"The cleaning woman at the Burger King found me just before they opened, so it was about 6:00 a.m. The day is pretty hazy to me. I don't remember too much about it. I was unconscious. I had ant bites all over me, [and was] beaten. I have no idea how I got there. I don't remember anything about it. I had no memory of my name, parents, relatives. I don't even know where I worked," says Benjaman.
An ambulance was called to the scene. "He was totally naked. He was unresponsive. When I looked at him, he had a lot of sores on him," recalls paramedic Sue Usry.
"I remember being in the ambulance. I remember an EMT pinching me. People were asking me questions or practically yelling at me. I think they were trying to get a response," Benjaman says.
Benjaman appeared homeless and was shuffled from hospitals to homeless shelters. He says he was startled when he first looked at himself in the mirror one week after getting cataract surgery. "I started to shave and I just couldn't believe how old I looked, because I looked like an old man compared to how I felt. Geez, the gray hair, the bags under the eyes; I didn't feel that old. I didn't think I should be that old," Benjaman says.
Although he doesn't remember his past, Benjaman says there are certain things about himself and his life that he just instinctively feels are true. "The name Benjaman just popped out. I just knew it was my name," he says. "I'm 10 years older than Michael Jackson, to the day, and he was born on August 29, 1958, so that makes me August 29, 1948, and that fits, because that's how I remember dates. I connect them with something. That feels to me like it is always how it's worked."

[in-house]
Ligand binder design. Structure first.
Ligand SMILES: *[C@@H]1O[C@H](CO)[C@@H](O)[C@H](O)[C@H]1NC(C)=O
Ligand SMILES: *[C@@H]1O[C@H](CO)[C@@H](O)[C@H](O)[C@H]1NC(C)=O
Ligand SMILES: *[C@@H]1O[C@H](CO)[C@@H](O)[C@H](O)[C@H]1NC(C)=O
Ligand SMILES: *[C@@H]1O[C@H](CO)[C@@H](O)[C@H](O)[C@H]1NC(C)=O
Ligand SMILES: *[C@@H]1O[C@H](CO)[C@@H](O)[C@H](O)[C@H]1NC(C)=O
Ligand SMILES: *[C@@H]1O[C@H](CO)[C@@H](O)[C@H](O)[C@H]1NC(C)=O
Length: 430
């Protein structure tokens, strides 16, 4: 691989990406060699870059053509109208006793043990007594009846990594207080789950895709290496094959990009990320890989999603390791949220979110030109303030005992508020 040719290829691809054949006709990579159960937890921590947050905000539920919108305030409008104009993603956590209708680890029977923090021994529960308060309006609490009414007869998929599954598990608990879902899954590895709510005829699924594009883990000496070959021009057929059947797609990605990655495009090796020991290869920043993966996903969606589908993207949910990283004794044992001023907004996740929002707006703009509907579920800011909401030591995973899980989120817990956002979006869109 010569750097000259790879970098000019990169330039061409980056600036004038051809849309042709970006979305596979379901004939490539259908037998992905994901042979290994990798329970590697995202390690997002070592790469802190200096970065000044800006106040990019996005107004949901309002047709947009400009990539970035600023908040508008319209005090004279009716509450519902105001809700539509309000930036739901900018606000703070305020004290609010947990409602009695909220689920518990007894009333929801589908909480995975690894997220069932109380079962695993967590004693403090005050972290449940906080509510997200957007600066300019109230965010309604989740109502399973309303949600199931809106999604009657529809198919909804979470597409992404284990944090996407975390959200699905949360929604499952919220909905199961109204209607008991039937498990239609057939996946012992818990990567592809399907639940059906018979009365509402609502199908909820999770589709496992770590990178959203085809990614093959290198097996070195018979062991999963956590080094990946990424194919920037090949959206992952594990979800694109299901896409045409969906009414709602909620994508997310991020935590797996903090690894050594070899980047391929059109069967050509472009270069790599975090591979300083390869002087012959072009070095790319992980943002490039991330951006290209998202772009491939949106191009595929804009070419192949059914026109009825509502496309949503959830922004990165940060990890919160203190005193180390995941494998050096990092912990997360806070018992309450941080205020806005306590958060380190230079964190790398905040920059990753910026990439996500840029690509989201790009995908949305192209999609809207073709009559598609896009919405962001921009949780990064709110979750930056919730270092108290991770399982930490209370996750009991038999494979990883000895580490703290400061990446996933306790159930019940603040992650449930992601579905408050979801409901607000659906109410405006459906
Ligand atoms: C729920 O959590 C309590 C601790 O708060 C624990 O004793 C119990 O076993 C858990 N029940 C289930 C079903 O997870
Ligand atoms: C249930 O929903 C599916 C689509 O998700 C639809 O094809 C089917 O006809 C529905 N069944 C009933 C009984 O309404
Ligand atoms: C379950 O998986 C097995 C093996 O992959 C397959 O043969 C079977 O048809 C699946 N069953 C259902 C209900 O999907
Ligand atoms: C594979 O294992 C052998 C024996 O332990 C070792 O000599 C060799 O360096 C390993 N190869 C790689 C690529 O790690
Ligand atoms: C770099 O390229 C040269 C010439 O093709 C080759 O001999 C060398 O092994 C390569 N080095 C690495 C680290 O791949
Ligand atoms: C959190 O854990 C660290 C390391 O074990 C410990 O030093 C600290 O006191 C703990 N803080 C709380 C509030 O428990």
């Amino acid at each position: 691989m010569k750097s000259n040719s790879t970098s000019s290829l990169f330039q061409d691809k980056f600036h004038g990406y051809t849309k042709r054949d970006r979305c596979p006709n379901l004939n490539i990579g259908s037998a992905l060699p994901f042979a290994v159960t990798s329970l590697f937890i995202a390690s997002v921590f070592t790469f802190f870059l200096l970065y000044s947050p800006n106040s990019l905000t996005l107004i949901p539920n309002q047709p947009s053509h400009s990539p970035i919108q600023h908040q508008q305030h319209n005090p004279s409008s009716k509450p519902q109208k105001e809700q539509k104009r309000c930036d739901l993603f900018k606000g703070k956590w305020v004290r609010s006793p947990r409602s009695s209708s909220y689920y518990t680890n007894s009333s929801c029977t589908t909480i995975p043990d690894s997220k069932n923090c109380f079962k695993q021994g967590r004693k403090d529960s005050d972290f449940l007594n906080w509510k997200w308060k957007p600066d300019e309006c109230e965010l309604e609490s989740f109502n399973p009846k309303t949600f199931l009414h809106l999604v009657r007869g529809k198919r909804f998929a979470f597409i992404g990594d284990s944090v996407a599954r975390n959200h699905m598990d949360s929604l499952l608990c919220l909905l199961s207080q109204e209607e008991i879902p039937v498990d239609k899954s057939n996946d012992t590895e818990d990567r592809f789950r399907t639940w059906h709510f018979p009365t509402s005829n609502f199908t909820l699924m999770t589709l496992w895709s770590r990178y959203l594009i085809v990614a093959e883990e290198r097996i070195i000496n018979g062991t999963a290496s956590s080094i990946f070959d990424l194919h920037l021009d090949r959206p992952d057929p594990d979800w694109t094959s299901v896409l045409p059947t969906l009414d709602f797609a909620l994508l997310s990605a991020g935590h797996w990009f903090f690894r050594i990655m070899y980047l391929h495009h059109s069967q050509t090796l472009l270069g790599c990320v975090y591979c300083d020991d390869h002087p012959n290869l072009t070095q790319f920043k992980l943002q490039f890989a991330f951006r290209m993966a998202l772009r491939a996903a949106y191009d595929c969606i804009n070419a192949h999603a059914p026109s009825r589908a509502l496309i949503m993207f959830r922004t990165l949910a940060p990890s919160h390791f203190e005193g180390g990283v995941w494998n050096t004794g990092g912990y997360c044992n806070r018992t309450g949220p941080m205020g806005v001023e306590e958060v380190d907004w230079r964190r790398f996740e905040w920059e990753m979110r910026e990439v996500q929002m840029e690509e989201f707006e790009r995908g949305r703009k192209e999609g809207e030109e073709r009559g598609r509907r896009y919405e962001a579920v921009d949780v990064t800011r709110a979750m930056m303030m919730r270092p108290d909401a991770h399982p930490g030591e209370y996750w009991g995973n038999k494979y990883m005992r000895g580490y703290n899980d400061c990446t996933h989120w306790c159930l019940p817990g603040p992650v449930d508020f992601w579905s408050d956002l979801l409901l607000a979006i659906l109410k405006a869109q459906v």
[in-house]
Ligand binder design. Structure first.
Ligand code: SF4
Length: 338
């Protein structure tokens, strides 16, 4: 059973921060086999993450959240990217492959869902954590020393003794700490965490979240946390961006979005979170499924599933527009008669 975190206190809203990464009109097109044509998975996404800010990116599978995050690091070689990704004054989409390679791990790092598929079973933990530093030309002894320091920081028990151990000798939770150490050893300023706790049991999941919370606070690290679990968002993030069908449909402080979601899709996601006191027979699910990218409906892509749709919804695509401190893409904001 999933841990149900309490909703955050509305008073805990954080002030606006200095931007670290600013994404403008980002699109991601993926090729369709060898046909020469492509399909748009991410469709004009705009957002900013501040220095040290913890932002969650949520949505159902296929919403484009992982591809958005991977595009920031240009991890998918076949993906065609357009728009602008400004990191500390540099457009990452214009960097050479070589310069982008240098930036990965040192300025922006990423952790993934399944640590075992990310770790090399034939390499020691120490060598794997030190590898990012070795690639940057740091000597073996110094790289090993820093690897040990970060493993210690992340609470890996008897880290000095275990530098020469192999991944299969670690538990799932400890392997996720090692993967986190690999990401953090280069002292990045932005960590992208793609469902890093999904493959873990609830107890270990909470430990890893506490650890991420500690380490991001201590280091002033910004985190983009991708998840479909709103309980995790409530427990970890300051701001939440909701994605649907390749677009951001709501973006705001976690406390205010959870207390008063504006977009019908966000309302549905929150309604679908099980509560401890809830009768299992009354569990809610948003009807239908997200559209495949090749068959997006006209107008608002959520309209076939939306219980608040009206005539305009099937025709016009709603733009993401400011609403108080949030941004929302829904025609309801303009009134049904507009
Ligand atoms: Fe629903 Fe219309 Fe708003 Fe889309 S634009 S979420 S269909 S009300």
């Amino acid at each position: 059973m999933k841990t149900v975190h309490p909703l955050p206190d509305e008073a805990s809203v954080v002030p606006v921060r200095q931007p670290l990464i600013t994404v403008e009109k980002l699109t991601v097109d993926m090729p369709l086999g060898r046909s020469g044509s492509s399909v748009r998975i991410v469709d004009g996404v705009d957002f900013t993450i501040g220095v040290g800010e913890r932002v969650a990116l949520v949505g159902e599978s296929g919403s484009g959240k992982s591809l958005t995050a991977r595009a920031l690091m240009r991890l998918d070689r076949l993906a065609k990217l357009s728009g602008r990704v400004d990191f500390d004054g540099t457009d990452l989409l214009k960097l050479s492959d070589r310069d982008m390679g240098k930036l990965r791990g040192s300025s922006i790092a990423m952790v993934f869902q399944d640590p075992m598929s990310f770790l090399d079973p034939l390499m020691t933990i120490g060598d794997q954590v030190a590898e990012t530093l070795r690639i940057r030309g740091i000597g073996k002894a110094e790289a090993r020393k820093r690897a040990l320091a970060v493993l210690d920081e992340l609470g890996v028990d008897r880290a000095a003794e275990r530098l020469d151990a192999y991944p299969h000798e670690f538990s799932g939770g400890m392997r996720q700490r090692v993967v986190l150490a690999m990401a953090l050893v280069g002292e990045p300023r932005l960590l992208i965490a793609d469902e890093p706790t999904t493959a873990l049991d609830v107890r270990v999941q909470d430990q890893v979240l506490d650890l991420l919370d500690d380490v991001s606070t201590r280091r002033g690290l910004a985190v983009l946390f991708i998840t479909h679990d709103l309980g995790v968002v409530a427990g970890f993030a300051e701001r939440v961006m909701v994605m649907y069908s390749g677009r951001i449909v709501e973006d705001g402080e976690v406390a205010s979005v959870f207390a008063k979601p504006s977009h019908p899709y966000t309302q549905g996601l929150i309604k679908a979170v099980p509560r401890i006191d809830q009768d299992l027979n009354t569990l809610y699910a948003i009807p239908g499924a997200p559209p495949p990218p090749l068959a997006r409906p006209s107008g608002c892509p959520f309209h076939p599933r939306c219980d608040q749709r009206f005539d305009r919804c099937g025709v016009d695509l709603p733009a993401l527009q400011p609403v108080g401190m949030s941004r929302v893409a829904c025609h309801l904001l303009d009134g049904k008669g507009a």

Benjaman says he has memories of being around nuns and attending Catholic school in Indianapolis. He also remembers the day John F. Kennedy was shot and attending the Indiana state fair.
"I'm worried everyone expects me to be this big somebody, and I'm just going to turn out to be an average Joe," Benjaman reveals.
"One of the things that I'm really committed to today is showing your face to millions and millions of people, in hopes that somebody will go, â€˜I know him,' and pick up the phone and call," Dr. Phil says to Ben. "What has this been like for you?"
"Frustrating," Ben replies. "I try not to think about it. I try to keep busy."
"Do you have any idea of what you were doing in Georgia?" Dr. Phil asks.
"I think I came down there to see the ocean," Ben says.
Dr. Phil reviews the information Ben feels he knows for sure: He believes his name is Benjaman, he remembers a lot about the city of Denver, and he thinks he was born in Indiana.
"Is this something that you don't really remember, but you just have a sense that it sounds right?" Dr. Phil asks. "How does that work for you?"
"You know, I don't really know how it works. I wish I could explain it," Benjaman says. "It's just instinctive, maybe."
Because he was naked when he was found, Benjaman had no wallet, ID or belongings. He says that a quick investigation was conducted, but no information was found. "I think the assumption was that I was just a bum, so the hell with it. They didn't need to inspect," he says.
If you think you recognize Benjaman, e-mail the show.